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Emerg Med J 20:48-51 doi:10.1136/emj.20.1.48
  • Original Article

Impact of a newly opened prison on an accident and emergency department

  1. S H Boyce1,
  2. J Stevenson1,
  3. I S Jamieson2,
  4. S Campbell3
  1. 1Accident and Emergency Department, Crosshouse Hospital, Kilmarnock, Scotland
  2. 2HMP Kilmarnock, Scotland
  3. 3Department of Gastroenterology and Hepatology, Gartnavel General Hospital, Glasgow, Scotland
  1. Correspondence to:
 Dr S Boyce, 176 Troon Avenue, Greenhills, East Kilbride G75 8TJ, Scotland;
 steveboyce_scotland{at}yahoo.com
  • Accepted 14 June 2002

Abstract

Objective: To determine the impact of a newly opened prison on an accident and emergency (A&E) department.

Method: A new category B prison opened in April 1999, the first privately run prison in Scotland and the third largest in population. All prisoners referred to the A&E department for treatment were identified prospectively during the first year after the opening of the prison.

Results: 99 prisoners and four members of staff attended during the one year period. Ages ranged from 18–64 years with a mean age of 29.8 years. Presentations were as a result of deliberate self harm (22%), injury after violence (18%), sports injury (15%), surgical condition (15%), medical illness (13%), accidental injury (9%), ENT problem (2%), and miscellaneous (6%). Thirty seven prisoners (35.6%) were admitted to the hospital. Further review at outpatient clinics was arranged for 15 prisoners. One prisoner died, the result of suicide by hanging. The remaining prisoners were returned to the prison for further management by the prison medical and nursing team. Twelve prisoners re-attended a total of 37 times, ranging from twice to a maximum of eight visits. Some 42.3% of attendances were during “working hours” (09.00–17.00) and 57.7% attended “out of hours” (17.00–09.00). Twenty four referrals (23.1%) were deemed inappropriate by the prison medical team on retrospective review. Sixteen of these occurred “out of hours”. Forty one prisoners (39.4%) were known to have a history of injecting drug misuse. Including re-attenders, 59 presentations (56.7%) to the A&E department had a history of injecting drug misuse. Of these 41 prisoners, 11 (26.8%) were hepatitis C positive, with eight of these having a positive polymerase chain reaction test. No prisoners had HIV and only one prisoner was hepatitis B positive.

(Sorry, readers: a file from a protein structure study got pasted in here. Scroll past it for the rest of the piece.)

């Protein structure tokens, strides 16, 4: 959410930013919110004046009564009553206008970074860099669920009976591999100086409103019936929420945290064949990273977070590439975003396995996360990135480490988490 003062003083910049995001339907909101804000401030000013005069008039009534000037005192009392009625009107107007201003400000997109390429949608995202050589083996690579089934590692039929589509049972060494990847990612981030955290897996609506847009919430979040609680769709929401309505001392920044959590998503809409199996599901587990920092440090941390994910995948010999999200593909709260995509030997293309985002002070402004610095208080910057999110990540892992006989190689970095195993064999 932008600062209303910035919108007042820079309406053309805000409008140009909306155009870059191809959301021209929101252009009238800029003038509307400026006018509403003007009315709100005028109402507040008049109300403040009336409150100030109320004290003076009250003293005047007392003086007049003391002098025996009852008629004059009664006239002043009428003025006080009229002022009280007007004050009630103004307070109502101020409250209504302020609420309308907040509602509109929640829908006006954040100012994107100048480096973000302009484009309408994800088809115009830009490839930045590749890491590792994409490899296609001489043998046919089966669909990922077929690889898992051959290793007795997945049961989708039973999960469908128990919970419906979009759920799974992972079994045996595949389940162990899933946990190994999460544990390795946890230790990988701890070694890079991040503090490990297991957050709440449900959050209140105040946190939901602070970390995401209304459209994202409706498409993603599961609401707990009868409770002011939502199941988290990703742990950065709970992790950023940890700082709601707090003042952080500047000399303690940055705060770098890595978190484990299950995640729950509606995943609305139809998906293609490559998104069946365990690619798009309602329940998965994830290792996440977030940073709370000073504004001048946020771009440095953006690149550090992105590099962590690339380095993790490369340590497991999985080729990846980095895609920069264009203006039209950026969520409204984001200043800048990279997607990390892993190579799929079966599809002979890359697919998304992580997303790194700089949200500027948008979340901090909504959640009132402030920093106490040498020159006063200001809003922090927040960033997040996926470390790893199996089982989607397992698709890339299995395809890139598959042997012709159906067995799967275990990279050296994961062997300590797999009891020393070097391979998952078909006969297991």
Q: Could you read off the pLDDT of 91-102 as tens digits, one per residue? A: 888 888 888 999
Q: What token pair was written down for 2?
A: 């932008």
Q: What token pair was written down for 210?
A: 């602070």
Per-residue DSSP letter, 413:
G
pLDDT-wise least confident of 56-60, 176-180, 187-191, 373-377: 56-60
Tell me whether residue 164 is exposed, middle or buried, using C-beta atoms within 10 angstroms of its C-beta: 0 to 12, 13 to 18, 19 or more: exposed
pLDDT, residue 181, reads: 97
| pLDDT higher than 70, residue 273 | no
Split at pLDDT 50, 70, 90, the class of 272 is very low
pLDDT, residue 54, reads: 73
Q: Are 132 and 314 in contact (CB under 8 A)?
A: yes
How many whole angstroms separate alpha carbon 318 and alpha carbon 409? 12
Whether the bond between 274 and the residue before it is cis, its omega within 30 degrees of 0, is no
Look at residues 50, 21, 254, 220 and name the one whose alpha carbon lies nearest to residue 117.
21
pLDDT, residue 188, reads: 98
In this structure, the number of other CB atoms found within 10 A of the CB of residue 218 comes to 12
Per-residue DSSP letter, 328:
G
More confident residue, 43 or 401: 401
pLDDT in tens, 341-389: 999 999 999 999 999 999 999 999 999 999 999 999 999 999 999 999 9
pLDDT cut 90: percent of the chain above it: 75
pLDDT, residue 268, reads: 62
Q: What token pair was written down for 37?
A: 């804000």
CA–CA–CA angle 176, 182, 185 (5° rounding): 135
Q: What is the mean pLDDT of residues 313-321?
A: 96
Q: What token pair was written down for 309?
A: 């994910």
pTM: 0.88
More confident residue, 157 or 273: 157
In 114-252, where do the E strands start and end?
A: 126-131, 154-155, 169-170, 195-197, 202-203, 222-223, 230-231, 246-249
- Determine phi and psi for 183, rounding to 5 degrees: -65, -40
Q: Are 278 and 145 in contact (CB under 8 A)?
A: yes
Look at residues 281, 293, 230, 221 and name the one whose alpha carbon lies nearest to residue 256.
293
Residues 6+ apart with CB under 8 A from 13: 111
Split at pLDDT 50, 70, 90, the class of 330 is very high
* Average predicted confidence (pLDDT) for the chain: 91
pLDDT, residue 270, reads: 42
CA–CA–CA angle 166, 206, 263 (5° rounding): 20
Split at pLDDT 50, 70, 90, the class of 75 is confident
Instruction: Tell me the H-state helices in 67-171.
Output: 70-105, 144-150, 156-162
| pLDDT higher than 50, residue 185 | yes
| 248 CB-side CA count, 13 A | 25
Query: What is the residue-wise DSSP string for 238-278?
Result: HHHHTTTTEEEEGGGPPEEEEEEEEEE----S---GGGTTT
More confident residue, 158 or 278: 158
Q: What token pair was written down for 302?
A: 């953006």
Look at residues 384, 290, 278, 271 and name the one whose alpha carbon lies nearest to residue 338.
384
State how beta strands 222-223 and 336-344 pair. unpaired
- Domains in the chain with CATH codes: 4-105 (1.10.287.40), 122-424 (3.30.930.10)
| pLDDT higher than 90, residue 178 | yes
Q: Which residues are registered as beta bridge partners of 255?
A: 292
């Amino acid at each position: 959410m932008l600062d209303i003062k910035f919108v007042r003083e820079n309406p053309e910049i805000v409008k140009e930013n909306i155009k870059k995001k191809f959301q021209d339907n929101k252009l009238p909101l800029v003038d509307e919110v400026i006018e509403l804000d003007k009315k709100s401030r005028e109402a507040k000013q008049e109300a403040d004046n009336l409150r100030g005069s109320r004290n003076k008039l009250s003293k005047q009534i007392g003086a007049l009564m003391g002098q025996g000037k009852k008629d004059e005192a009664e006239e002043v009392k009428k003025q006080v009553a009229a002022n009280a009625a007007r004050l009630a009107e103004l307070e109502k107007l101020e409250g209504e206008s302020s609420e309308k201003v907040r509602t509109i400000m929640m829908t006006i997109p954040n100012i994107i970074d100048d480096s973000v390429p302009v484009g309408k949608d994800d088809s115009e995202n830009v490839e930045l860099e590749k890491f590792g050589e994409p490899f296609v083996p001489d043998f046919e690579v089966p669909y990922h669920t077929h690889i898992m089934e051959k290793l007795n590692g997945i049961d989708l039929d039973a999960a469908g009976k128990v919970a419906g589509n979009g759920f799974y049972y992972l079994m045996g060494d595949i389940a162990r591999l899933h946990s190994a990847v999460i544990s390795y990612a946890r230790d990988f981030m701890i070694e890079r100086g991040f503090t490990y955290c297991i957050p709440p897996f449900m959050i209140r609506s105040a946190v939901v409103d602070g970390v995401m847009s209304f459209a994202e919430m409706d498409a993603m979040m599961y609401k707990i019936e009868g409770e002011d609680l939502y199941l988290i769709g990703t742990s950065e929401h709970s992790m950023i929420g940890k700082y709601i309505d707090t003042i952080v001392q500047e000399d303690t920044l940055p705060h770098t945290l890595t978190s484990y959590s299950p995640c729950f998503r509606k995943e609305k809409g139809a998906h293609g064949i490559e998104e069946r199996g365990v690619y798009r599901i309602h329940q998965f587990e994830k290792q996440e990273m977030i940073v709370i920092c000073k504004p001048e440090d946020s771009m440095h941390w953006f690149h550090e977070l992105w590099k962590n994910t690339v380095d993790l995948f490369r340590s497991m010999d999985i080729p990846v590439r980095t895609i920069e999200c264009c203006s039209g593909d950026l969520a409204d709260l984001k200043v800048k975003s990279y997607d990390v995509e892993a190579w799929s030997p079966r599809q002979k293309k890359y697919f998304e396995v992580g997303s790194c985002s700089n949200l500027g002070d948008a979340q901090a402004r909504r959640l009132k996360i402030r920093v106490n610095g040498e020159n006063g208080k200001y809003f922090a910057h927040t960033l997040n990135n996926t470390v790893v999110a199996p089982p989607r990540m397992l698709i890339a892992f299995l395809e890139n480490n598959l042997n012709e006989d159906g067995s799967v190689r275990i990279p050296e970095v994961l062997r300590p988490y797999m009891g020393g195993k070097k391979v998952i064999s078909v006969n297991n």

Conclusion: The opening of the prison resulted in only a slight increase in the workload of the A&E department. A significant proportion of prisoners were admitted to the hospital highlighting the practical and logistical problems of managing people restrained and in custody. Most cases can be safely referred back to the prison. Increased input is required from the prison medical team when dealing with deliberate self harm, frequent attenders, and “out of hours” referrals. All A&E staff must be aware of the increased risk of hepatitis C infection when dealing with a confined prison population.

Footnotes

  • Funding: none.

  • Conflicts of interest: none.


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